The Board of Trustees is pledging to increase its financial oversight over the University’s budget, requesting more frequent updates about how GW spends its money.
The move falls in line with newly elected Board chair Nelson Carbonell’s goal of expanding the group’s responsibilities within the University. The announcement also comes in the aftermath of financial warnings from GW’s credit agencies and the GW School of Business’ $13 million of overspending last year.
“We want the entire board to participate in really what’s going on. It’s really about making sure people get the information and that they understand the information, ultimately,” Carbonell said.
Carbonell said he wants each trustee to receive regular updates to prepare them for May talks about approving more than $1 billion of capital and operational spending. In the past, only members of the Board’s finance and audit committee have regularly reviewed University’s overall spending and expenses throughout the year.
The effort aligns with the University-wide budget review, which calls on schools to more regularly report their financial health to GW’s administration, University spokeswoman Candace Smith said.
Trustees have been pushed into action across higher education – overcoming tendencies to wield just a rubber stamp – because of financial pressures and legal liabilities such as those that transpired at Penn State University.
And now, with a University budget that has swelled by 71 percent since 2001, the decisions have higher stakes.
The University’s perfect credit rating would be “under pressure in the future” if it can’t cut down on borrowing in the wake of recent construction projects that cost half a billion dollars, the rating agency Standard & Poor’s wrote in a report earlier this year.
And financial oversight in GW’s colleges has come under fire this fall. Some faculty blamed the University for lacking oversight and a strong internal control system because it did not fully find the GW School of Business’ $13 million spending gap until it closed the books in July. Disputes over the overspending led to the firing of former business school dean Doug Guthrie in August.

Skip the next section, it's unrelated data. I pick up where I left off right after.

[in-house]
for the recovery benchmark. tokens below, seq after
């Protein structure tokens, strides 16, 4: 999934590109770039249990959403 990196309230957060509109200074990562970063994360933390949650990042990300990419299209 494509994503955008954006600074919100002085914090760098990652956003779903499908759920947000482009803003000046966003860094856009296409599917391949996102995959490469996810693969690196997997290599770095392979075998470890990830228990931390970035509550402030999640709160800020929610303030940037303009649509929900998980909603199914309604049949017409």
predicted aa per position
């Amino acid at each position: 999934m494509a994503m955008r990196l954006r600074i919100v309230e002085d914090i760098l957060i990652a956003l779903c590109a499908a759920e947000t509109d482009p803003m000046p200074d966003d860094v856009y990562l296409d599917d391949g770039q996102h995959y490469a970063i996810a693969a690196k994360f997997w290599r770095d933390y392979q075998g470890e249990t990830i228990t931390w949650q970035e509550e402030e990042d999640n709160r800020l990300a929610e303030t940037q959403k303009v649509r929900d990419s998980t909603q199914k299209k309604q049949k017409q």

But even with the added level of oversight from the Board, accounting professors said it won’t make a difference until the University’s budget accounting software is updated.
Associate professor of accounting Angela Gore said the added levels of accountability are “only for show” and that the Board still needs to fix the root of the problem: the accounting system and software.
“Oversight only works if the accounting systems are working properly. The main issue is that the University’s financial reporting system doesn’t provide timely, accurate information. Having an ‘extra layer’ of people examine the same bad numbers won’t do much,” Gore, who specializes in nonprofit accounting, said.
Sok-Hyon Kang, who was the vice dean for faculty and research at the business school last year, said increasing the transparency won’t help fix problems that are ingrained in GW’s 10 schools’ budget systems. “Having more watchful eyes without fixing the ‘system’ would not work,” Kang said.
As part of GW’s current budget system, deans meet with the provost and the budget office for verbal check-ins quarterly. Some deans also meet regularly with financial directors.
Kang called for an overhaul of that system and said GW should calculate the school’s spending regularly without forcing administrators to rely on their own Excel spreadsheets between quarterly check-ins with the provost.
Ellen Zane, chair of the finance and audit committee, said the committee has not yet decided precise ways to improve the budgeting process, and how to allow trustees to more closely scrutinize each line item in the University-wide budget.
Still, top administrators and trustees did not attribute the heavier oversight to concerns about the business school budget or heavy debt.
Zane said corporations’ budget management systems need “a constant evolution” to keep up with best practices. She served as the CEO of Tufts Medical Center and replaced Carbonnel as chair of the finance committee this fall.
“I don’t think there should be any head-scratching about what’s in that line item. I think we have to know what’s in there and what they are accountable for,” Zane, who is also the Board’s vice chair, said.
In this year’s capital budget, there are about 50 line items related to construction, such as classroom space in 1957 E St. and classroom technology at the Virginia Science and Technology Campus.
Provost Steven Lerman said reviewing GW’s budget system is key as administrators plan for $243 million in spending on its decade-long strategic plan, which includes funding for about 200 specialized research institutes and 100 endowed professors.
“The budget process has to go hand-in-hand with the implementation of the strategic plan. We can’t just create centers. We have to figure out how they’re budgeted and make it clear what resources they have available to them to achieve their missions,” he said in an interview.
Lerman added that he foresees “more information going to the Board” from the University due to the effort.